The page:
Monday, 25 July 2011

Test runs

Did a RAID 6 test on an Intel SRCSASBB8I controller (LSI 1078 chipset, also used in Dell PERC 6/i), and it was successful save for a couple minor issues. First we got the R-Studio RAID matrix rendered wrong (data blocks are off by one), and also under the hood it looks like the analysis can use some more noise reduction. Still, the output image is OK. This applies to ReclaiMe Free RAID Recovery build 397 at www.freeraidrecovery.com.

Wednesday, 20 July 2011

RAID 1E analysis delayed

If you want some unusual RAID layouts, call Promise. So far, Promise controller has the most bizzare RAID 6 variation we've seen, and also gave us a nasty surprise with RAID 1E.

Typically, RAID 1E would be laid out as follows

1 1 2
2 3 3
4 4 5
5 6 6

(the above is so-called NEAR layout)

or
1 2 3
4 5 6
7 8 9
3 1 2
6 4 5
9 7 8

(the above is FAR layout).

Now Promise combines the best of both worlds to produce a third variation (Promise 1E layout)

1 2 3
3 1 2
4 5 6
6 4 5

Looks promising, doesn't it?

So, the implementation of RAID 1E recovery capability in ReclaiMe Free RAID Recovery (www.FreeRaidRecovery.com) is delayed until we figure out how to handle this one.

Thursday, 14 July 2011

Detecting RAID0 where it is supposed to be RAID5

Recently, a question arose about our RAID recovery software (www.freeraidrecovery.com), along the lines of "There is a RAID5 array, but I get some results if I try to recover RAID0 as well, what's wrong?"

Actually, there is nothing wrong. RAID Recovery requires the array type as outside input, along with the list of member disks. It has no way of determining if the provided array type is correct or not. Therefore, it tries to produce the closest possible layout for a given array type. There are certain cases (mostly involving RAID6) were nothing meaningful can be constructed, and it gives up with the appropriate error message. However, in most cases some layout will be produced.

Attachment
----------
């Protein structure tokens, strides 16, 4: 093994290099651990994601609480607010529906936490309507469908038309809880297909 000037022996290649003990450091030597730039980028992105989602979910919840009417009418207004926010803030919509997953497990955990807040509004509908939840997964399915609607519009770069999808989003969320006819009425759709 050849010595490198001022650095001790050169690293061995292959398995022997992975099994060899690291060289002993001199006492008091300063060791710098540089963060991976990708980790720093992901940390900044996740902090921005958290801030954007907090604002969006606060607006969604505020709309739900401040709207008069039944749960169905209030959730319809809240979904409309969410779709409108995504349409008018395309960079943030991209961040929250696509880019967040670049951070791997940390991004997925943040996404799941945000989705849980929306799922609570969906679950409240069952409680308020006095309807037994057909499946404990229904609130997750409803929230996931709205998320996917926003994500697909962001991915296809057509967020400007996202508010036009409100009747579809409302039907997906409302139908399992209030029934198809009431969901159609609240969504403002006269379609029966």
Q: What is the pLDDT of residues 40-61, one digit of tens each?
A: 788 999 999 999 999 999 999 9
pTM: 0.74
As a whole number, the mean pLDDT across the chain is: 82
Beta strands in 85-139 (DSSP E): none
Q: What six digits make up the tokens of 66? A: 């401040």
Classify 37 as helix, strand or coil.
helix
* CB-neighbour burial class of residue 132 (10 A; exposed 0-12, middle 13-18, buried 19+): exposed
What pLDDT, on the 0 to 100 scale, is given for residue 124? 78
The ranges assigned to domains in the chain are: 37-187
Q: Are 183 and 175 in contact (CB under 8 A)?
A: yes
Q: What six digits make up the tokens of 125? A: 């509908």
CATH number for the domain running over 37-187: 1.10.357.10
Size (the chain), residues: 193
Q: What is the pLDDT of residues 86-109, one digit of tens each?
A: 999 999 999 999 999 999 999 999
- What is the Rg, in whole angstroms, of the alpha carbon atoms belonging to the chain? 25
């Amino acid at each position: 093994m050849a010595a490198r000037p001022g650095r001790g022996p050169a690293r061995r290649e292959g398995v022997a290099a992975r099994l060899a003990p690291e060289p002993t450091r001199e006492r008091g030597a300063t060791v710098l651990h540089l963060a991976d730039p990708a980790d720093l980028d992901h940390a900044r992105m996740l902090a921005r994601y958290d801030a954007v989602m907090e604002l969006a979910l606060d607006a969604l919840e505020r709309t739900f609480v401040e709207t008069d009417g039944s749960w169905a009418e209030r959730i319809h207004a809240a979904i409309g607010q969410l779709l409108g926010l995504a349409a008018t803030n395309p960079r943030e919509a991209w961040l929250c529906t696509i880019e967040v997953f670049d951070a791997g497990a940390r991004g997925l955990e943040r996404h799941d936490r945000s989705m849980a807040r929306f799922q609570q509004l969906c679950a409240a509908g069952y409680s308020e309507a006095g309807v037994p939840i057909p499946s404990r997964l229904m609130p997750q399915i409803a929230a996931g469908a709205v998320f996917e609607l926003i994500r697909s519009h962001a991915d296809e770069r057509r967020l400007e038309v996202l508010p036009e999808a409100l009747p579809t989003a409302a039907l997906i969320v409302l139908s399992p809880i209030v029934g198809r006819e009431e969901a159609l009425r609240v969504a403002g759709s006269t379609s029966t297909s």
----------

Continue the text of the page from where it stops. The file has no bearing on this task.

If the original array type is not readily known and it is not possible to infer it from the number of disks and available capacity, the only solution is trial-and-error testing of all possible layouts (of which there are about four fundamentally different, RAID5/5E being practically equal).

Thursday, 7 July 2011

Mapping device identifiers to drive letters in Windows.

If you get an error message similar to The file system structure on the disk is corrupt and unusable. Please run the chkdsk utility on the volume \Device\HarddiskVolume1. there may be trouble matching the identifier \Device\HarddiskVolume1 to a drive letter (is it C:?) or an actual physical device.

Most of the time, finding the corresponding drive letter (X:) is good enough because you can then look it up in the Disk Management console.

However, the trouble is that \Device\HarddiskVolume1 is not referenced outside the system event log.

To find out the list of mappings, download and run the Microsoft Product Support Reports utility from http://www.microsoft.com/download/en/details.aspx?DisplayLang=en&id=24745

When it asks you what to collect, you only need the most basic option, something like "Basic information" or "General information". When done, choose to "Open and view the result" - Windows Explorer will launch and open a folder with a file "Master Report.xml" and subfolder "General".

Go down to "General" folder and find the file "ComputerName-DOSDevices.TXT". Open it and you get your mapping list at the very top of the file.